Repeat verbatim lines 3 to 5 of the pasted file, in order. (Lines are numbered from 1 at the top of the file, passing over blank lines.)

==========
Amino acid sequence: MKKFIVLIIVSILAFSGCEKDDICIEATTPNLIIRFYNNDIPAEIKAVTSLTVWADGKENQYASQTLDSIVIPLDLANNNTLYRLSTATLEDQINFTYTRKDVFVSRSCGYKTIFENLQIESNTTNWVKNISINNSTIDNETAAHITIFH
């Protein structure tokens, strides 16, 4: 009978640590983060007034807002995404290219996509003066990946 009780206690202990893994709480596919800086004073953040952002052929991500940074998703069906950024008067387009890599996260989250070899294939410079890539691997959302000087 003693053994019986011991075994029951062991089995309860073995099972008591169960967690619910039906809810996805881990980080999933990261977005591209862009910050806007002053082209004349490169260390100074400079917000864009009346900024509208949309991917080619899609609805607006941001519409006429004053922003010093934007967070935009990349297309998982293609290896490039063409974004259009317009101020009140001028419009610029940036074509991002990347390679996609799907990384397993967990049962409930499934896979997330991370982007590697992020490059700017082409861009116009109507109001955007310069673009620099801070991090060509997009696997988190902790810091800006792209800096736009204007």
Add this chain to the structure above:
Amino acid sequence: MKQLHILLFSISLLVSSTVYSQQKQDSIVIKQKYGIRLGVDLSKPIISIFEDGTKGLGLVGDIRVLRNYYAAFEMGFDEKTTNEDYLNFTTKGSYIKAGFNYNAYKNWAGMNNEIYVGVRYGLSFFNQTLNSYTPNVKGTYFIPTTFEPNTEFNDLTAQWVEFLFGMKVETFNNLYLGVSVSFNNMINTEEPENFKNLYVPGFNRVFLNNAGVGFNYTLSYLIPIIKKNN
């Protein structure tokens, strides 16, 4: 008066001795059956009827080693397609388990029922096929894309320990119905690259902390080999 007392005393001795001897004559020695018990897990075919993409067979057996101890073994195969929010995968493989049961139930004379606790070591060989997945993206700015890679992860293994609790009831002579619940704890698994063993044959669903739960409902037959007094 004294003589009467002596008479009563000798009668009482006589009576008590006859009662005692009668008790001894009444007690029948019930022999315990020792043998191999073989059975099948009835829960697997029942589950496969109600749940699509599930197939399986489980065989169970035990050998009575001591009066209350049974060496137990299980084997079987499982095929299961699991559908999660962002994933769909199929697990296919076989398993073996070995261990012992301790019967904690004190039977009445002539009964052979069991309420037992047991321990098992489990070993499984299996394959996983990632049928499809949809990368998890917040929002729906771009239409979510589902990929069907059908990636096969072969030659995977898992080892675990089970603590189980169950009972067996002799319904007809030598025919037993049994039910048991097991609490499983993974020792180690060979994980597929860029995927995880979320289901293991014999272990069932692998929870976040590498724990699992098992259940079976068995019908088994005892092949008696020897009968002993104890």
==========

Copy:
Add this chain to the structure above:
Amino acid sequence: MKQLHILLFSISLLVSSTVYSQQKQDSIVIKQKYGIRLGVDLSKPIISIFEDGTKGLGLVGDIRVLRNYYAAFEMGFDEKTTNEDYLNFTTKGSYIKAGFNYNAYKNWAGMNNEIYVGVRYGLSFFNQTLNSYTPNVKGTYFIPTTFEPNTEFNDLTAQWVEFLFGMKVETFNNLYLGVSVSFNNMINTEEPENFKNLYVPGFNRVFLNNAGVGFNYTLSYLIPIIKKNN
């Protein structure tokens, strides 16, 4: 008066001795059956009827080693397609388990029922096929894309320990119905690259902390080999 007392005393001795001897004559020695018990897990075919993409067979057996101890073994195969929010995968493989049961139930004379606790070591060989997945993206700015890679992860293994609790009831002579619940704890698994063993044959669903739960409902037959007094 004294003589009467002596008479009563000798009668009482006589009576008590006859009662005692009668008790001894009444007690029948019930022999315990020792043998191999073989059975099948009835829960697997029942589950496969109600749940699509599930197939399986489980065989169970035990050998009575001591009066209350049974060496137990299980084997079987499982095929299961699991559908999660962002994933769909199929697990296919076989398993073996070995261990012992301790019967904690004190039977009445002539009964052979069991309420037992047991321990098992489990070993499984299996394959996983990632049928499809949809990368998890917040929002729906771009239409979510589902990929069907059908990636096969072969030659995977898992080892675990089970603590189980169950009972067996002799319904007809030598025919037993049994039910048991097991609490499983993974020792180690060979994980597929860029995927995880979320289901293991014999272990069932692998929870976040590498724990699992098992259940079976068995019908088994005892092949008696020897009968002993104890």